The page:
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'We want our children home no matter how long it takes'

On Wednesday, the little ones buried at Carlisle Indian Industrial School in Pennsylvania started their journey home to Rosebud Sioux tribal lands.

The remains of nine children who died more than a century ago while attending the government-run school will complete their journey this weekend. A ceremony was held on Wednesday that included words by Interior Secretary Deb Haaland.

“We want our children home no matter how long it takes,” Haaland said.

The nine sets of remains inside small wooden coffins were carried past a phalanx of tribal citizens and well-wishers before being loaded into a vehicle trailer.

Haaland said the government aims to locate the schools and burial sites and identify the names and tribal affiliations of children from the boarding schools around the country… READ MORE.


Tribes to meet with Transportation secretary

Transportation Secretary Pete Buttigieg is in Phoenix this week and is scheduled to meet with tribal leaders on Thursday.

Buttigieg will take part in a roundtable discussion with Inter Tribal Council of Arizona leaders and the Navajo Nation to discuss the importance of infrastructure investments in tribal communities.

Afterwards, Buttigieg will visit the Riggs Overpass project on the Gila River Indian Community. He'll meet with Gila River and nearby Ak Chin Indian Community leaders.

Mayor Pete

The Arizona visit is part of Buttigieg's three-day infrastructure tour.

DOE awards $12 million to tribes

This week, The U.S. Department of Energy announced $12 million in funding to 13 Indigenous communities across the nation for projects that will reduce energy costs and increase energy security and resiliency.

“The Department of Energy is committed to working with American Indian and Alaska Native communities to strengthen energy infrastructure on Tribal lands,” Energy Secretary Jennifer Granholm said in a news release. “These selections, the first from the Office of Indian Energy this year, underscore the Biden Administration's commitment to ensuring that communities disproportionately affected by climate change directly benefit from clean energy investments."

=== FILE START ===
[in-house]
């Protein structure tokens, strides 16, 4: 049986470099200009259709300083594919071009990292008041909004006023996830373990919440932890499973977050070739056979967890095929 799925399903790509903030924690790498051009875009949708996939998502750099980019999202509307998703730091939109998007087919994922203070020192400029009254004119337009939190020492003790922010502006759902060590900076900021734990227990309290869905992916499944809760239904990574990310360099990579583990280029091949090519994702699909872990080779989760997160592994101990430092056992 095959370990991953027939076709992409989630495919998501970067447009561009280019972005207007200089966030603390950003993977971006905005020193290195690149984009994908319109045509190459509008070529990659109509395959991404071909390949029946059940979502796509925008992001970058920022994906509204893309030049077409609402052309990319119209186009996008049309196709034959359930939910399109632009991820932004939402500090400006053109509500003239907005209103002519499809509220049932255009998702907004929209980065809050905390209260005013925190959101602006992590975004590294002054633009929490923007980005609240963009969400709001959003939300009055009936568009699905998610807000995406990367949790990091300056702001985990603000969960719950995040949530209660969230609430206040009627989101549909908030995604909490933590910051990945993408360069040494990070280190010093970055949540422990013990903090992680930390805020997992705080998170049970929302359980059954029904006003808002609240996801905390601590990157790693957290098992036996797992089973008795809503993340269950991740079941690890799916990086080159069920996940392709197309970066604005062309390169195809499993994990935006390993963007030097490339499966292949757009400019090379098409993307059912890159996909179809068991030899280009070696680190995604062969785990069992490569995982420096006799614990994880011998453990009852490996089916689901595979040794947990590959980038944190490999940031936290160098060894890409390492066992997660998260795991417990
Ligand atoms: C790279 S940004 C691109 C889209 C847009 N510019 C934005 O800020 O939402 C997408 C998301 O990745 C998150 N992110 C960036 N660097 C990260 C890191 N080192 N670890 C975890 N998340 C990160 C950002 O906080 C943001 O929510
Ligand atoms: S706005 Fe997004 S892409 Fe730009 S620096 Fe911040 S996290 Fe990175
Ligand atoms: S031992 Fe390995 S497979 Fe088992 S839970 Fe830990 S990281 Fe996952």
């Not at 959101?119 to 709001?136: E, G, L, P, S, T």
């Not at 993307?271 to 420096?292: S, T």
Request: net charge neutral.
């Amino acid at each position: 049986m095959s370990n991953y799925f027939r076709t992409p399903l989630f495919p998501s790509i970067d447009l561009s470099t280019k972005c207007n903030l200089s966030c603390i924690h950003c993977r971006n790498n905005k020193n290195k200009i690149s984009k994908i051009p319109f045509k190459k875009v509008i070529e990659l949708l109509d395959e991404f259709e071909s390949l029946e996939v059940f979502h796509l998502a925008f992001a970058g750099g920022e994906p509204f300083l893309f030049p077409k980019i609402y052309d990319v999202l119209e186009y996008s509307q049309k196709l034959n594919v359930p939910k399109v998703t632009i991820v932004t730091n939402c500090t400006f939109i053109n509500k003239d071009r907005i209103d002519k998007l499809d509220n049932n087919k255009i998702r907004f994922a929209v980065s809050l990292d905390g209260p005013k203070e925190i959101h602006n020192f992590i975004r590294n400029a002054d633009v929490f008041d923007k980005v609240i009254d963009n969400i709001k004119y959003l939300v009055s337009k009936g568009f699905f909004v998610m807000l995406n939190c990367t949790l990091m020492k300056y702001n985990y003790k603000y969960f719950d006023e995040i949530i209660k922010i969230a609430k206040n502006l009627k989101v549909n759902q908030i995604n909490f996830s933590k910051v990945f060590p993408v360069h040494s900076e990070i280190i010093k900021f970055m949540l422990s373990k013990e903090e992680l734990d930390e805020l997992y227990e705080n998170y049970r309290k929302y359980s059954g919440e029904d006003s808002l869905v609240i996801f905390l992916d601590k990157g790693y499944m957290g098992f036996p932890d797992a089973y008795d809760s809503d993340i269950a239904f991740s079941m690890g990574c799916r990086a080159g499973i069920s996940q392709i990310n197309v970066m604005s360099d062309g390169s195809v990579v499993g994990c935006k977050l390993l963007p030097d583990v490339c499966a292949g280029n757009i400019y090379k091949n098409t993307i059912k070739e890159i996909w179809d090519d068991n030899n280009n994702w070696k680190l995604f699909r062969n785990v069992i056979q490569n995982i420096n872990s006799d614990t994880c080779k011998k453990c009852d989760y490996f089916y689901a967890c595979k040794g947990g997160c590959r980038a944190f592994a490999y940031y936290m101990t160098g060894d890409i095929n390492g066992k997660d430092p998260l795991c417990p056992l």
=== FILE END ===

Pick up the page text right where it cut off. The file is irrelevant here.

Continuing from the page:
Click here to read about the 13 American Indian and Alaska Native communities selected.

University of Arizona acknowledges Indigenous lands

The University of Arizona in Tucson issued a statement this month acknowledging it lies in O'odham and Yaqui traditional lands.

"We respectfully acknowledge the University of Arizona is on the land and territories of Indigenous peoples," it read. "Today, Arizona is home to 22 federally recognized tribes, with Tucson being home to the O’odham and the Yaqui. Committed to diversity and inclusion, the University strives to build sustainable relationships with sovereign Native Nations and Indigenous communities through education offerings, partnerships, and community service."

The university said it hopes to use the statement to guide education, partnerships, and community service, according to Arizona Public Media.

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Guatemalan consulate sees 456 lone kids in Arizona in July

GUATEMALA CITY (AP) - Guatemala's consulate in Tucson, Arizona, said Wednesday it has identified 456 unaccompanied Guatemalan minors, most between the ages of 7 and 17, who had been found by U.S. Border Patrol officers so far in July.

U.S. officials often ask home-country consulates to identify minors.

The Guatemalan Foreign Relations Ministry said Wednesday that the children were found in several Arizona border communities, including Sasabe, Naco and Nogales.

Each of those communities has a Mexican town of the same name on the other side of the border. Monday and Tuesday were particularly busy, with 80 kids identified.

The minors had entered the United States without proper documents. They were mainly from the heavily Indigenous and rural provinces of Huehuetenango, San Marcos and Quiche.

Unaccompanied minors who make it into the U.S. are sometimes placed with relatives there. But the Guatemalan government says that so far this year, 2,873 unaccompanied minors have been deported from Mexico and the United States.

Creating a pipeline for young journalists

Indian Country Today adds another full-time reporter-producer to its roster, Kalle Benallie.

Benallie, Navajo, started out as an intern for the organization in spring of 2020, which was also her last semester at Arizona State University... READ more.


Minnesota park recognized as historic, sacred cemetery

For over a century, St. Paul regarded Indian Mounds Park as a recreational area. Now, it’s being recognized for its history as a cemetery for at least seven tribes.

ICT reporter Kalle Benallie explains more.


Indigenous comedy in the spotlight

Johnny Roberts, known as Jonny R or the Ojibwe Outlaw, is among the Indigenous comedians featured in a new book, “We Had a Little Real Estate Problem: The Unheralded Story of Native Americans & Comedy,” by Kliph Kesteroff.

The most famous punchline in comedian Charlie Hill’s stand-up routine is now the title of a new comedy book.

“My people are from Wisconsin,” Hill would say. “We used to be from New York. We had a little real estate problem.”

Hill, in fact, is a central focus of the new book, “We Had a Little Real Estate Problem: The Unheralded Story of Native Americans & Comedy,” by Kliph Nesteroff, a non-Native writer with decades of experience as a stand-up comedian, comedy historian and author... READ more.

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